On Making Video Game Fantasies Into Reality
I’ve escaped the Matrix
Time To Read: 4 mins | March 24, 2017
Right now, I’m wearing a plain black t-shirt and tan khaki pants. My hair is down, and I just trimmed my patchy facial hair into a swashbuckly goatee.
This will be important later.
I’ve been in Bogota for two days. Nothing super notable has happened; I eat cheap street food, drink a maize-based liqueur called chicha that’s basically the South American equivalent of kava, and I discovered my new favorite game:
Tejo is like horseshoes, except instead of curvy metal bars, you throw 2 lb stones; and instead of aiming at a small metal pole, you’re trying to hit large packets of gunpowder stuck in a mud board. The goal, then, is to make stuff blow up.
And while it’s not required that you’re cross-eyed drunk while playing, the locals will force-feed you tequila the entire game.
If you tried to set up a game of drunken exploding rock toss at a bar in the US, you’d be carted off to jail faster than the Subway guy hiding in the ball pit at Chuckee Cheese’s. Which is why I love it.
All of this, mind you, was unplanned. It popped into my head that Bogota might be fun for a few days, so I ran with it and have been making my itinerary up as I go along. And not having plans is quite helpful when you’re recovering from a fifth of cheap tequila, plus minor burns on both hands.
Now though, since I’m in recovery mode this morning, I’m doing a bit of work. Catching up on a number of pieces owed to a few different outlets. And while I mainly do food, drink, and travel these days, I occasionally write video game content as well.
I’ve mentioned this before, but my teenage obsession was a game called Runescape. For those of you who actually had a life in middle and high school, it’s basically a simpler version of World of Warcraft. And if you’re so cool that you don’t even know what that is, you control a character in a magical fantasy world whom you train to fight monsters and get armor and weapons and finish quests and yada yada yada.
I’m of mixed opinions on games like this – these days, anyway. This thought is nothing new or profound, but while they’re a pleasant distraction for a bit, you can end up sinking literally thousands of hours into an alternate reality. Your digital character may be all-powerful and conqueror of a dozen life-or-death ordeals, but the only skill you advance in real life is finger strength and, typically, pimple count. In only the rarest of cases does this attract the opposite sex.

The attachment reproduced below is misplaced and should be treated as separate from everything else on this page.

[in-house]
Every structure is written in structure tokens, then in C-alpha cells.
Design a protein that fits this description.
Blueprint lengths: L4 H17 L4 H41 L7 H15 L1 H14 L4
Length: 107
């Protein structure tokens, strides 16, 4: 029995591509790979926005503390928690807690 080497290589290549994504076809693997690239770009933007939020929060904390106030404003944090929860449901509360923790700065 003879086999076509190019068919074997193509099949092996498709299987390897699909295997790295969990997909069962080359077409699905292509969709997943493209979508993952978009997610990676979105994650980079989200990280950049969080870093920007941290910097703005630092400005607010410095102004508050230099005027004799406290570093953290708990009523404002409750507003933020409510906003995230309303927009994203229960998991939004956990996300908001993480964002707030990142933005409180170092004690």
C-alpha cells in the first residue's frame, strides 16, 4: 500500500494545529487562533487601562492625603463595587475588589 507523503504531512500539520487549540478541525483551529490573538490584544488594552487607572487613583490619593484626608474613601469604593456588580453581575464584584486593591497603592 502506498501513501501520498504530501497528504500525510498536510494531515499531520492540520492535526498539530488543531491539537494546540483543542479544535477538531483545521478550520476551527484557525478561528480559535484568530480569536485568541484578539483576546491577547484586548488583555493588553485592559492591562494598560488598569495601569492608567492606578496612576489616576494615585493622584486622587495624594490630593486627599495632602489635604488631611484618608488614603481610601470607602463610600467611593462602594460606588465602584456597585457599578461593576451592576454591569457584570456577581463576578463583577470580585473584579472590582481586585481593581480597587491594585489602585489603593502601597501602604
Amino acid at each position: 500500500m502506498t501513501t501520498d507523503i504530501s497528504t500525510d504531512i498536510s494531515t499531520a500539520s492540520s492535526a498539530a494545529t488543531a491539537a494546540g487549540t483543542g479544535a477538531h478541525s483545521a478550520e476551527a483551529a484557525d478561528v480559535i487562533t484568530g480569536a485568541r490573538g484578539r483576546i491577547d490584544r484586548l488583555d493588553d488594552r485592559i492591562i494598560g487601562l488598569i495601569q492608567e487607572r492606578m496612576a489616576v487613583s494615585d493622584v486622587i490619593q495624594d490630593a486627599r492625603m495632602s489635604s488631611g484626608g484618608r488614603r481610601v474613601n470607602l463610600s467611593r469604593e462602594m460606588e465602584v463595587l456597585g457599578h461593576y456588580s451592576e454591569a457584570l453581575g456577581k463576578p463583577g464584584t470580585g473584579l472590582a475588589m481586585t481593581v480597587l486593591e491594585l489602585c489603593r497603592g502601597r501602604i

As a million commentators have pointed out before me, if you spend all your time in one of these games, you miss out on the magic of real life. You only experience your fantasies in a non-real universe.
I, however, have transcended this digital boundary, and made one of my (dullest) fantasies a reality.
It must be said that this morning, sitting with both a beer and a cup of coffee, isn’t the first time I’ve realized this. It was a few years back when I noticed I’d unconsciously absorbed part of my fictional character into my actual self.
It definitely wasn’t always so; I didn’t always look like a knight from Medieval Times.
But if you’d been studying the signs from my younger years, and combined those signals with a late-in-life penchant for doing whatever the hell pops in my head, perhaps my current look was predictable. I now present a picture of what my character looked like in a computer game called Runescape, dating all the way back to the year 2000*:
I’m wearing a plain black t-shirt and tan khaki pants. My hair is down, and my facial hair is a swashbuckly goatee.
* – because I’m one hundred million percent sure someone’s going to point this out, no, that screenshot isn’t from the year 2000. In the spirit of sharing this anecdote, I spent half an hour recovering my account details this morning. I haven’t played in years — and speaking of, if anyone wants the 300k in my bank account, just ask.
photo: he woke up roughly .3 seconds later and smiled at me, but that picture was fuzzy. puntarenas, costa rica